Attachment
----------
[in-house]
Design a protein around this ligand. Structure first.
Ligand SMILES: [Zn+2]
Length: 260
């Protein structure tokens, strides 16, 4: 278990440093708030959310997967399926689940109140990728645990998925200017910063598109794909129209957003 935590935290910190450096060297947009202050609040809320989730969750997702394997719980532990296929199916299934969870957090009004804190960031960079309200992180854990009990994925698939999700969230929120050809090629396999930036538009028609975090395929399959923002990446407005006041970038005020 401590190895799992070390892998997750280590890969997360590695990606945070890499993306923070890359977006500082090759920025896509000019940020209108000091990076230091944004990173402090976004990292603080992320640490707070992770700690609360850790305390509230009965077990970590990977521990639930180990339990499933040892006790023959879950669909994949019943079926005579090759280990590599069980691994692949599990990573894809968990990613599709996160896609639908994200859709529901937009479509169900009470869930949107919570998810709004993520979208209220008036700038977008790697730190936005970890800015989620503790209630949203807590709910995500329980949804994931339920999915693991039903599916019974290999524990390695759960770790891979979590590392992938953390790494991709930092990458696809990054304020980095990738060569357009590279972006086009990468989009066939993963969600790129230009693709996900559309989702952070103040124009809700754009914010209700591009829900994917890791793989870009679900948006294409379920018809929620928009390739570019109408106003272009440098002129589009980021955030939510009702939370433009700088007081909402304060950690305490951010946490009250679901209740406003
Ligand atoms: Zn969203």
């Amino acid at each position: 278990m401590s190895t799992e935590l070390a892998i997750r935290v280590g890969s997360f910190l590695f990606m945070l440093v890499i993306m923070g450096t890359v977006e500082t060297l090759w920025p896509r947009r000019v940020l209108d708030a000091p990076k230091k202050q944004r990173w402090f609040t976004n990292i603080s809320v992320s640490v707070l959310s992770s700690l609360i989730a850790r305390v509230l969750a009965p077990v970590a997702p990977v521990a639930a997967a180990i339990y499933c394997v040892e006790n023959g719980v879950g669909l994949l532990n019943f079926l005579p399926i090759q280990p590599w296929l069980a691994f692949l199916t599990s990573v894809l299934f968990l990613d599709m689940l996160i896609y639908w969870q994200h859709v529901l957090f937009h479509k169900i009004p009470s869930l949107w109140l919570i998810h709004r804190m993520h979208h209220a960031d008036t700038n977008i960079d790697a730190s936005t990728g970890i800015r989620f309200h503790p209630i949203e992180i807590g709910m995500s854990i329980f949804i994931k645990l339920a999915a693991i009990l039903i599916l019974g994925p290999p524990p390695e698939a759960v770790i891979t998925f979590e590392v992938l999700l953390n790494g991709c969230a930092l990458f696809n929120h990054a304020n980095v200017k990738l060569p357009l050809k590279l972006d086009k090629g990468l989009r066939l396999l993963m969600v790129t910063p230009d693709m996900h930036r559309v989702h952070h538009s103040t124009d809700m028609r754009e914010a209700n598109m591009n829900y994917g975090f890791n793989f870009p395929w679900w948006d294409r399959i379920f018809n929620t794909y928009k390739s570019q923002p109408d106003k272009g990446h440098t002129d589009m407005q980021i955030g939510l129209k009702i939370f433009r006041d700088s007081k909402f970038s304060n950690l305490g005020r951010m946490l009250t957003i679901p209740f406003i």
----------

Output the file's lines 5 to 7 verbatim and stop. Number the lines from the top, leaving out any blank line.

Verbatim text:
């Protein structure tokens, strides 16, 4: 278990440093708030959310997967399926689940109140990728645990998925200017910063598109794909129209957003 935590935290910190450096060297947009202050609040809320989730969750997702394997719980532990296929199916299934969870957090009004804190960031960079309200992180854990009990994925698939999700969230929120050809090629396999930036538009028609975090395929399959923002990446407005006041970038005020 401590190895799992070390892998997750280590890969997360590695990606945070890499993306923070890359977006500082090759920025896509000019940020209108000091990076230091944004990173402090976004990292603080992320640490707070992770700690609360850790305390509230009965077990970590990977521990639930180990339990499933040892006790023959879950669909994949019943079926005579090759280990590599069980691994692949599990990573894809968990990613599709996160896609639908994200859709529901937009479509169900009470869930949107919570998810709004993520979208209220008036700038977008790697730190936005970890800015989620503790209630949203807590709910995500329980949804994931339920999915693991039903599916019974290999524990390695759960770790891979979590590392992938953390790494991709930092990458696809990054304020980095990738060569357009590279972006086009990468989009066939993963969600790129230009693709996900559309989702952070103040124009809700754009914010209700591009829900994917890791793989870009679900948006294409379920018809929620928009390739570019109408106003272009440098002129589009980021955030939510009702939370433009700088007081909402304060950690305490951010946490009250679901209740406003
Ligand atoms: Zn969203």
């Amino acid at each position: 278990m401590s190895t799992e935590l070390a892998i997750r935290v280590g890969s997360f910190l590695f990606m945070l440093v890499i993306m923070g450096t890359v977006e500082t060297l090759w920025p896509r947009r000019v940020l209108d708030a000091p990076k230091k202050q944004r990173w402090f609040t976004n990292i603080s809320v992320s640490v707070l959310s992770s700690l609360i989730a850790r305390v509230l969750a009965p077990v970590a997702p990977v521990a639930a997967a180990i339990y499933c394997v040892e006790n023959g719980v879950g669909l994949l532990n019943f079926l005579p399926i090759q280990p590599w296929l069980a691994f692949l199916t599990s990573v894809l299934f968990l990613d599709m689940l996160i896609y639908w969870q994200h859709v529901l957090f937009h479509k169900i009004p009470s869930l949107w109140l919570i998810h709004r804190m993520h979208h209220a960031d008036t700038n977008i960079d790697a730190s936005t990728g970890i800015r989620f309200h503790p209630i949203e992180i807590g709910m995500s854990i329980f949804i994931k645990l339920a999915a693991i009990l039903i599916l019974g994925p290999p524990p390695e698939a759960v770790i891979t998925f979590e590392v992938l999700l953390n790494g991709c969230a930092l990458f696809n929120h990054a304020n980095v200017k990738l060569p357009l050809k590279l972006d086009k090629g990468l989009r066939l396999l993963m969600v790129t910063p230009d693709m996900h930036r559309v989702h952070h538009s103040t124009d809700m028609r754009e914010a209700n598109m591009n829900y994917g975090f890791n793989f870009p395929w679900w948006d294409r399959i379920f018809n929620t794909y928009k390739s570019q923002p109408d106003k272009g990446h440098t002129d589009m407005q980021i955030g939510l129209k009702i939370f433009r006041d700088s007081k909402f970038s304060n950690l305490g005020r951010m946490l009250t957003i679901p209740f406003i």